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The Rooster Crows – October 14, 2016

Autumn leaves of red and gold are this year’s story, nearly told.  The trees now sleep, in dreams of glory, to awaken next Spring, with next year’s story.

Daily temperatures get a little cooler each morning, and don’t get quite as high each afternoon.  This past week saw a few days with highs in the 40’s, then Sunday and Monday, October 9 & 10, reminded thermometers that numbers in the 70’s could be displayed.  By Tuesday and Wednesday, though, any thoughts of perpetual Summer had been replaced with the reality of October.  The month of October is, in some ways, similar to the legend of the ancient Greek soothsayer, Cassandra, a woman of great beauty whose presence always foretold tough times ahead.  October is here.  Winter is on its way.

Local grain producers took advantage of the dry, fair weather conditions last week to finish up on soybeans and make great strides with the 2016 corn harvest.  The Rutland Elevator has been receiving grain early in the morning, late in the evening and at all times in between, as the combines have been steadily threshing out a bountiful harvest.  As fast as local trucks and semis haul the grain in, the semis of the Wheaton-Dumont Co-op have been hauling it away to the Co-op’s unit train loading facilities.  No confirmed yield reports on the corn harvest, yet, but, as the old saying goes, “It sure looks good from the road.”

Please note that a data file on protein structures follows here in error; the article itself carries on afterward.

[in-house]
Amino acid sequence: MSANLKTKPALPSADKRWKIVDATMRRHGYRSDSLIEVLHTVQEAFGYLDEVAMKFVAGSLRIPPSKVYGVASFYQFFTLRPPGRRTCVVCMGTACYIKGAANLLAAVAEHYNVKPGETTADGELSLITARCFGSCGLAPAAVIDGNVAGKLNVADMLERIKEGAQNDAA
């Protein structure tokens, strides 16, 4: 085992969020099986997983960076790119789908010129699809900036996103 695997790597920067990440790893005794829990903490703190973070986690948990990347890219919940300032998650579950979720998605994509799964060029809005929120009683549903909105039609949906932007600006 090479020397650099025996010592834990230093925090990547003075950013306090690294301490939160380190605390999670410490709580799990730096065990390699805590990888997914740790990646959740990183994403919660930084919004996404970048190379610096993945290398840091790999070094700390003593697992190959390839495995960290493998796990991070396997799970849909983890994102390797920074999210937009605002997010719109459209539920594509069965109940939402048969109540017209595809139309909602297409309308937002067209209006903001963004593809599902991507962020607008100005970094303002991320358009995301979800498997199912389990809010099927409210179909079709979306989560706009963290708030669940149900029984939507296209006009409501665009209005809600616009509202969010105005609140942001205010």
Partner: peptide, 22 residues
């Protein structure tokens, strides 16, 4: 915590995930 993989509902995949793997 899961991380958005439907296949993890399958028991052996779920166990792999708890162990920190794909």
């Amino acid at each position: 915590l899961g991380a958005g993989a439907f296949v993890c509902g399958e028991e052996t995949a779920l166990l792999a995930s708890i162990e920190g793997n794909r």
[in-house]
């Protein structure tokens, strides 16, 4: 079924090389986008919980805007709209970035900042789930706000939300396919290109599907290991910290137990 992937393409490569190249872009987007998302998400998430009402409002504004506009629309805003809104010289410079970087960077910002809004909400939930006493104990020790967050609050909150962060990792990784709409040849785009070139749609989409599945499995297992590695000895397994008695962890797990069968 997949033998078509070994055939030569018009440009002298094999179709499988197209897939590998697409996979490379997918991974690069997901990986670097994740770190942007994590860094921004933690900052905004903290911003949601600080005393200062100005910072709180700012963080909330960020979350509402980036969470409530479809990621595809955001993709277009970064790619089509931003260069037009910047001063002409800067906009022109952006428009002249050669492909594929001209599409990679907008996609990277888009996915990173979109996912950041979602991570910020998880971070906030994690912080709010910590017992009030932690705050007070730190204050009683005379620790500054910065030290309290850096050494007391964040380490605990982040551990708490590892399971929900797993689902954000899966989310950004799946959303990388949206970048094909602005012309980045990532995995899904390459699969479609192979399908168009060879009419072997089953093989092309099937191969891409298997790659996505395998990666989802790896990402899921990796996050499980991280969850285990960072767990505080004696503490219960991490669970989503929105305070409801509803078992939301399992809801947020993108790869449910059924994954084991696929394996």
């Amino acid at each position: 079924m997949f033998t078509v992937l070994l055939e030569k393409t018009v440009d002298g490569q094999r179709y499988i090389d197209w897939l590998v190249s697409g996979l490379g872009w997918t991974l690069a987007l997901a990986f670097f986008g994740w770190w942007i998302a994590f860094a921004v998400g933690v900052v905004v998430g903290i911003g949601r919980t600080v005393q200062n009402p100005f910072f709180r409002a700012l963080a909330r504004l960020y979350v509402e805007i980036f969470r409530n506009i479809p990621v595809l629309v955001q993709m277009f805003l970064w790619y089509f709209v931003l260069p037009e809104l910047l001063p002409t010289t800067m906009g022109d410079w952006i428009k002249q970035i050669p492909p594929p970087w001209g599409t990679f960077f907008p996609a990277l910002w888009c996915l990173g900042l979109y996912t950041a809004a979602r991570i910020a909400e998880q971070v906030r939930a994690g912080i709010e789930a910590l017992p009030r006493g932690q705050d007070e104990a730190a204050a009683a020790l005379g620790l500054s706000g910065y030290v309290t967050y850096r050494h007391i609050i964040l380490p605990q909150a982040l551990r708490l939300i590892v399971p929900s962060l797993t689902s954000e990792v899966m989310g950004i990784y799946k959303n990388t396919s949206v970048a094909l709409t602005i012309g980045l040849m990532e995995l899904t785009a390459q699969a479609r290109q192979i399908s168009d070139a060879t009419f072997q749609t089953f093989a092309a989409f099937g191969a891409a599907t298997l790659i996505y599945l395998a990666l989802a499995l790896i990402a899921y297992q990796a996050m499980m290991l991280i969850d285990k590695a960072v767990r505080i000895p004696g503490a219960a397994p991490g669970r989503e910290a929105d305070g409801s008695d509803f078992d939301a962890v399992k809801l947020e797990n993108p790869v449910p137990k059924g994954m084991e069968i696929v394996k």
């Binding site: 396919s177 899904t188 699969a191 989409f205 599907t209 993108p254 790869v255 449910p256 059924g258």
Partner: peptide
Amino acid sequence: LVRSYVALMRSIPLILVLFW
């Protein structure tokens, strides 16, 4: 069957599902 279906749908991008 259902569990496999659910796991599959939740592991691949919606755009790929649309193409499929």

Jen Christianson, the owner and operator of Alley Cuts Hair Salon in Rutland for the past 15 years, has announced that she will be closing her shop at 205 First Street in Rutland as of the close of business on Friday, October 14.  Jen states that she has sold her building at 205 First Street to Lori McLaen, a former owner of the structure. Lori is planning to convert the building into short term rental units. This building started out as the Thompson Lumber Yard office in Cayuga, and was moved to Rutland in the 1930’s, after the old Farmers’ Store was destroyed by fire. It’s first use in Rutland was as the office for the International Harvester implement business that was operated by Lincoln Flados until 1938, and then by Emil McLaen until Emil moved the business down the street in the 1940’s. After that it was variously occupied as a barbershop, small appliance repair shop, coffee shop and lunch counter and private residence until it became the home of Alley Cuts in the mid-90’s. Jen will now be devoting all of her working time to her hair salon in Gwinner.  The Rutland community extends its thanks to Jen for her 15 years of service on Rutland’s Main Street, and wishes her well in her new endeavors.  Congratulations and best wishes are also due to Lori on her new venture.  Jen says that she will be serving coffee, cookies and bars in the shop on her last day, Friday, October 14. Read More »

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The Rooster Crows – October 7, 2016

“The sun always shines on Rutland,” is the old saying around here, and that statement was never more true than on Sunday, October 2, 2016, Uff-Da Day XXXII.  The day dawned clear and cool, with a light breeze out of the southeast, and it just got better from there.  The group participating in the Uff-Da Day 5k Run/Walk at 8:00 a.m. was small but enthusiastic, and Jenny Gulleson of this community turned in the fastest time at 29.77 minutes.  Chasing hard on Jenny’s heels were: Bobbi Jo Maley; Samantha Gillespie; Gail O’Brien; Jennifer Christiansen; Andrea Erickson; Kelly Moe; and, Katie Woytassek.